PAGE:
have cloned several genes which were reported to be involved in gonadal
sex differentiation of other vertebrates including Sox9, Dax1, Ad4BP/SF-1,
etc. Among these genes, DMRT1 was the only gene that was
shown to be expressed male-specifically in the gonads (Sertoli cells)
during sex differentiation, suggesting an important role for DMRT1 in testicular differentiation.
Endocrine regulation of spermatogenesis
Using an organ culture system for eel testes consisting of spermatogonia
and inactive somatic cells, we have shown that the hormonal regulation
of spermatogenesis in eel testes involves the gonadotropin stimulation
of Leydig cells to produce 11-ketotestosterone (11-KT), a potent androgen
in fish (Fig. 2). In turn, 11-KT activates Sertoli cells to stimulate
the production of activin B. Addition of recombinant eel activin B
to the culture medium induced proliferation of spermatogonia, producing
late type B spermatogonia, within 15 days in the same manner as did
11-KT. cDNAs encoding two androgen receptors (ARa and ARb) have been cloned, for the first
time in any vertebrates, from eel and tilapia testes. In situ hybridization reveals that although both AR mRNAs are present in eel
testes prior to HCG injection, only ARa transcripts increase during
HCG-induced spermatogenesis suggesting that ARa and ARb play different roles in spermatogenesis.
Activin B binds to activin type I and II receptors on spermatogonia
to stimulate de novo synthesis of G1/S cyclins and CDKs leading
to the initiation of mitosis. Interestingly, cyclin A1 transcripts
are first detected in primary spermatocytes during HCG-induced spermatogenesis.
|Fig. 2 Hormonal regulation of gametogenesis in
fish. Sex steroid hormones produced by gonadal somatic cells
under the influence of pituitary gonadotropins stimulate various
stages of gametogenesis including spermatogenesis, oogenesis,
and final gamete maturation.
IV. Endocrine regulation of oocyte growth
Gonadotropins (FSH and LH) require two major steroidal mediators,
estradiol-17b and 17a,
20b-DP) to act as critical hormones to
execute oocyte growth and maturation, respectively (Fig. 2). Two
cell-type models in which the thecal layer provides precursor steroids
to the granulosa layer, have been demonstrated for estradiol-17b
and 17a, 20b-DP
production. Ad4BP/SF-1 serves as a transcriptional regulator for
ovarian cytochrome P450 aromatase (P450arom) which converts testosterone
to estradiol-17b in granulosa cells during
vitellogenesis. LH induces a distinct shift in steroidogenesis,
i.e. from estradiol-17b to 17a,
20b-DP as well as the steroidogenic enzyme
genes from P450arom to 20b-hydroxysteroid
dehydrogenase (20b-HSD), in the granulosa
layers of ovarian follicles prior to oocyte maturation. The triggering
of the steroidogenic shift by LH is manifested through two molecular
mechanisms, the first being the subjugation of the expression of
Ad4BP/SF-1 vis a vis P450arom, and the second, the induction of
over-expression of 20b-HSD probably via
Unlike estradiol-17b (genomic action),
binds to a novel, G-protein-coupled membrane receptor (non-genomic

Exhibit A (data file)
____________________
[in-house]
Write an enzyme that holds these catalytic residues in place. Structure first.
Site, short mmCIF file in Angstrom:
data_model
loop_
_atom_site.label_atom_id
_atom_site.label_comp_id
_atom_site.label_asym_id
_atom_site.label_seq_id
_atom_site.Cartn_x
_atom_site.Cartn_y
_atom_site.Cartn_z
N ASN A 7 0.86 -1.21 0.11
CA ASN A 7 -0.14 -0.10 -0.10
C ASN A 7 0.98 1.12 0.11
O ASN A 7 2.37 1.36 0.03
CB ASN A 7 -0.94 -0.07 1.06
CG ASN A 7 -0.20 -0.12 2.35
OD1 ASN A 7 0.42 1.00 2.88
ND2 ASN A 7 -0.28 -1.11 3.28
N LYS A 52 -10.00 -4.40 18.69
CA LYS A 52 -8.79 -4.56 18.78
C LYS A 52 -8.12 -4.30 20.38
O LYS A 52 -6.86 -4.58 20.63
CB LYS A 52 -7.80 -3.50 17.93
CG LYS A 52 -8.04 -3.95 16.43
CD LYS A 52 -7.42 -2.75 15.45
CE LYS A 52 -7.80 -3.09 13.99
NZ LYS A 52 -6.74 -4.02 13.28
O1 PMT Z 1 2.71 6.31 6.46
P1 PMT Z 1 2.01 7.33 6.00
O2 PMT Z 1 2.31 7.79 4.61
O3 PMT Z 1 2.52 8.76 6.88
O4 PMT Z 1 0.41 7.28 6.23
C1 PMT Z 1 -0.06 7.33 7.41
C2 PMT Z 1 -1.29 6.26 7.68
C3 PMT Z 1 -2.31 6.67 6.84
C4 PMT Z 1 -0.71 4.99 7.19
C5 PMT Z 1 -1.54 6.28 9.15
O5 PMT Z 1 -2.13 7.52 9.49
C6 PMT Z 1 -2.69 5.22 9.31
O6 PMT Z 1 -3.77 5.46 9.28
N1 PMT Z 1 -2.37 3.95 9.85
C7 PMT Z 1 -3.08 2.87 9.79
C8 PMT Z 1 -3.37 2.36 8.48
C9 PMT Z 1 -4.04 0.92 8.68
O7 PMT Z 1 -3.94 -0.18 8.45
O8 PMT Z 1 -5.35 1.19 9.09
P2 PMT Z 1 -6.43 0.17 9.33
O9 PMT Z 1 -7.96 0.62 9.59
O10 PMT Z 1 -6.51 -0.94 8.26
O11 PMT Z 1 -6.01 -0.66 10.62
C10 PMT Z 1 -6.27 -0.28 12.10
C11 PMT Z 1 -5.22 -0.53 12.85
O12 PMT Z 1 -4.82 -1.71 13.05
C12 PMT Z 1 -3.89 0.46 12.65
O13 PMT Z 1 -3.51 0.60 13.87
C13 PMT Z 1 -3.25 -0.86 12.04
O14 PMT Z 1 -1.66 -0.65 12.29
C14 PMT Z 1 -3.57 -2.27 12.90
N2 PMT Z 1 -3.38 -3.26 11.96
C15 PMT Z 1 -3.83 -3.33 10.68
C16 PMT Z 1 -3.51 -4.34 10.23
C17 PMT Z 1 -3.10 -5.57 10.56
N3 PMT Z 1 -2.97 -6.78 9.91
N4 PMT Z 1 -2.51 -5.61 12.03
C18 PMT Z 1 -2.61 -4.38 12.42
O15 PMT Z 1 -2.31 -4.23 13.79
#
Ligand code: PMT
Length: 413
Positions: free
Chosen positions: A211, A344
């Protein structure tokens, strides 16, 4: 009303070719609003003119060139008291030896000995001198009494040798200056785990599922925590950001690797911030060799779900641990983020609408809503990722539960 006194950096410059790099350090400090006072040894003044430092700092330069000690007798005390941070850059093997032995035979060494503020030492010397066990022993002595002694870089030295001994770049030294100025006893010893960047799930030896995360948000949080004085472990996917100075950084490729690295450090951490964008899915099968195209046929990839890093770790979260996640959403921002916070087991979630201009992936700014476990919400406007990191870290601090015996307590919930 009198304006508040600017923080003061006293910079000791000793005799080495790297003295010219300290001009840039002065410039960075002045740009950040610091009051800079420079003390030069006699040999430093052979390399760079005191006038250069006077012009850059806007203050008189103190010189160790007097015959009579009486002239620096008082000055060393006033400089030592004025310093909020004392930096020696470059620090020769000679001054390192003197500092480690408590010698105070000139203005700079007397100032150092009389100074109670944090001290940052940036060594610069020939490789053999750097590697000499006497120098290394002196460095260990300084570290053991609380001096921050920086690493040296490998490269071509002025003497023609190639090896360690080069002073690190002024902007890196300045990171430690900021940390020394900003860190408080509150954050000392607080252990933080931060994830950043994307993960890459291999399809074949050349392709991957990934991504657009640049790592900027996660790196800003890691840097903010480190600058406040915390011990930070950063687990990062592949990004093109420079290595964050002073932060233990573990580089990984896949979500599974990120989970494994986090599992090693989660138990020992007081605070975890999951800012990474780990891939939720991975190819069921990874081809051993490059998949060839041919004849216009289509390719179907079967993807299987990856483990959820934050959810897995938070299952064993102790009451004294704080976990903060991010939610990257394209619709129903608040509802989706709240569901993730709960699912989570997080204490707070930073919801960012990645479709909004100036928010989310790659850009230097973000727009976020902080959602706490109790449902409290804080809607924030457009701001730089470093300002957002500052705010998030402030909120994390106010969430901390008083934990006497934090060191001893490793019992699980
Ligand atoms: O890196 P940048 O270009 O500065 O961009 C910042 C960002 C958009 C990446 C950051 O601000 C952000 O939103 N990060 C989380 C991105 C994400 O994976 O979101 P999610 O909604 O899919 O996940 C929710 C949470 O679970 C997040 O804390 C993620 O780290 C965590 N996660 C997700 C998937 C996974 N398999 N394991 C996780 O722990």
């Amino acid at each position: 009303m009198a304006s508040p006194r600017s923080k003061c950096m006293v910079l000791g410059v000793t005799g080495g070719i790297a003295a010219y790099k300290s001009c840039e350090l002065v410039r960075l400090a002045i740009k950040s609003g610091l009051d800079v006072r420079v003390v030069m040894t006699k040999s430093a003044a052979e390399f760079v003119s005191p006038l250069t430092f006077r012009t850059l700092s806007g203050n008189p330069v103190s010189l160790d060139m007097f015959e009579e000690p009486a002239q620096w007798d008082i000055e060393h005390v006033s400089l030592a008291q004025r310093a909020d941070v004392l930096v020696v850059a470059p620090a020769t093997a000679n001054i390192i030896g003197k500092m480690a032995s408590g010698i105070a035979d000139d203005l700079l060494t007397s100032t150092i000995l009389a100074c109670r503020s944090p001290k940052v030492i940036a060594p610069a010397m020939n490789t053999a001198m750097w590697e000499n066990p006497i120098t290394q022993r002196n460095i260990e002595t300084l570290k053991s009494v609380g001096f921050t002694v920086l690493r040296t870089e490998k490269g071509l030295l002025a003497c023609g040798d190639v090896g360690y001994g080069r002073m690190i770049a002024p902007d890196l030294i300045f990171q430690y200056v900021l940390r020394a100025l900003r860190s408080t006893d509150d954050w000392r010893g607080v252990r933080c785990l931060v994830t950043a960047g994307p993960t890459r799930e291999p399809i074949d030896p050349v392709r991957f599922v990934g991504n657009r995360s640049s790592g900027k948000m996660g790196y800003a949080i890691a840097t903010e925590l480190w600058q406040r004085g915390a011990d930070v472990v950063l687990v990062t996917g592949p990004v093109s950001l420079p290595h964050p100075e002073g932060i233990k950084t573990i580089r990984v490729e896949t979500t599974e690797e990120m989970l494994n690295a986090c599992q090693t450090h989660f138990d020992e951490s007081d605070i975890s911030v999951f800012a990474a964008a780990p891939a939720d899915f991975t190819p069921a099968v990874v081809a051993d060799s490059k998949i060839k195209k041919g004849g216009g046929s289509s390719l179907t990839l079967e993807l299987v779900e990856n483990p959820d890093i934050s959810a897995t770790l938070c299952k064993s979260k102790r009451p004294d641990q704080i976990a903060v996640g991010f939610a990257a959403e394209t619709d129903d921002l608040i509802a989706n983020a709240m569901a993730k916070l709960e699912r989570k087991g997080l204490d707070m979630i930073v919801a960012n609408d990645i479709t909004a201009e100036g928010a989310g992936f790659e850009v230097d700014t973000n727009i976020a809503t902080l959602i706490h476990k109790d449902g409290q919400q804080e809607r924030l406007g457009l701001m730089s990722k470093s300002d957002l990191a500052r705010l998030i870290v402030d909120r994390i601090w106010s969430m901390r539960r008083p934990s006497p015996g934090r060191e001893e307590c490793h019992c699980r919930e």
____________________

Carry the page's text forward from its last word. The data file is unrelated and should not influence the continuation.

action), leading to the de novo synthesis of cyclin B,
the regulatory component of maturation-promoting factor (MPF), which
activates a preexisting 35-kDa cdc2 kinase via phosphorylation of
its threonine 161 by a threonine kinase (MO15), thus producing the
34 kDa active cdc2. Upon egg activation, MPF is inactivated by degradation
of cyclin B. We showed that the 26S proteasome initiates cyclin
B degradation through the first cut of its NH2 terminus
at lysine 57.
An endocrine-disrupting chemical, diethylstilbestrol (DES), a nonsteroidal
estrogen, triggers oocyte maturation in fish. The morphology (the
time course of the change in germinal vesicle breakdown) and an
intracellular molecular event (the de novo synthesis of
cyclin B) induced by DES were indistinguishable from those induced
by 17a, 20b-DP.
A synergistic action of DES on 17a, 20b-DP-induced
oocyte maturation was observed. Both 17a,
20b-DP- and DES-induced oocyte maturation
was inhibited by an antibody against the 17a,
20b-DP receptor. These results suggest
that DES may act on the 17a, 20b-DP
receptor as an agonist of 17a, 20b-DP.
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Jiang, J.Q., Wang, D.S., Senthilkumaran, B., Kobayashi, T., Kobayashi, H.K., Yamaguchi, A., Ge, W., Young, G. and Nagahama, Y. (2003). Isolation, characterization and expression of 11b-hydroxysteroid dehydrogenase type 2 cDNAs from the testes of Japanese eel (Anguilla japonica) and Nile tilapia (Oreochromis niloticus). J. Mol. Endocrinol. 31, 305-315.
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Kobayashi, Y., Kobayashi, T., Nakamura, M., Sunobe T., Morrey, C.E., Suzuki, N. and Nagahama, Y. (2003). Characterization of two types of cytochrmome P450 aromatase in serial-sex changing gobiid fish, Trimma Matsuda, M. et al. okinawae. Zool. Sci. (in press).
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Matsuda, M., Sato, T., Toyazaki, Y., Nagahama, Y., Hamaguchi, S. and Sakaizumi, M. (2003). Oryzias curvinotus has DMY, a gene that is required for male development in the medaka, O. latipes. Zool. Sci. 20, 159-161.
Mita, M., Hirai, T., Oba, Y., Yoshikuni, M. and Nagahama, Y. (2003). cDNA cloning of a novel member of the glycoprotein hormone receptor family from a starfish Asterina pectinifera. Mol. Reprod. Develop. (in press).
Mita, M., Oka, H., Thorndyke, M.C., Shibata, Y., Yoshikuni, M. and Nagahama, Y. (2003). Inhibitory effect of a SALMFamide neuropeptide on secretion of gonad-stimulating substance from radial nerves in the starfish Asterina pectinifera. Zool. Sci. (in press).
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Ohta, K., Rhaman, M.A., Chuda, H., Yoshikuni, M., Nagahama, Y. and Matsuyama, M. (2003) Maturation-inducing hormone and it's membrane receptor in gonads of Japanese yellowtail, Seriola quenqueradiata. Fisheries Science (in press).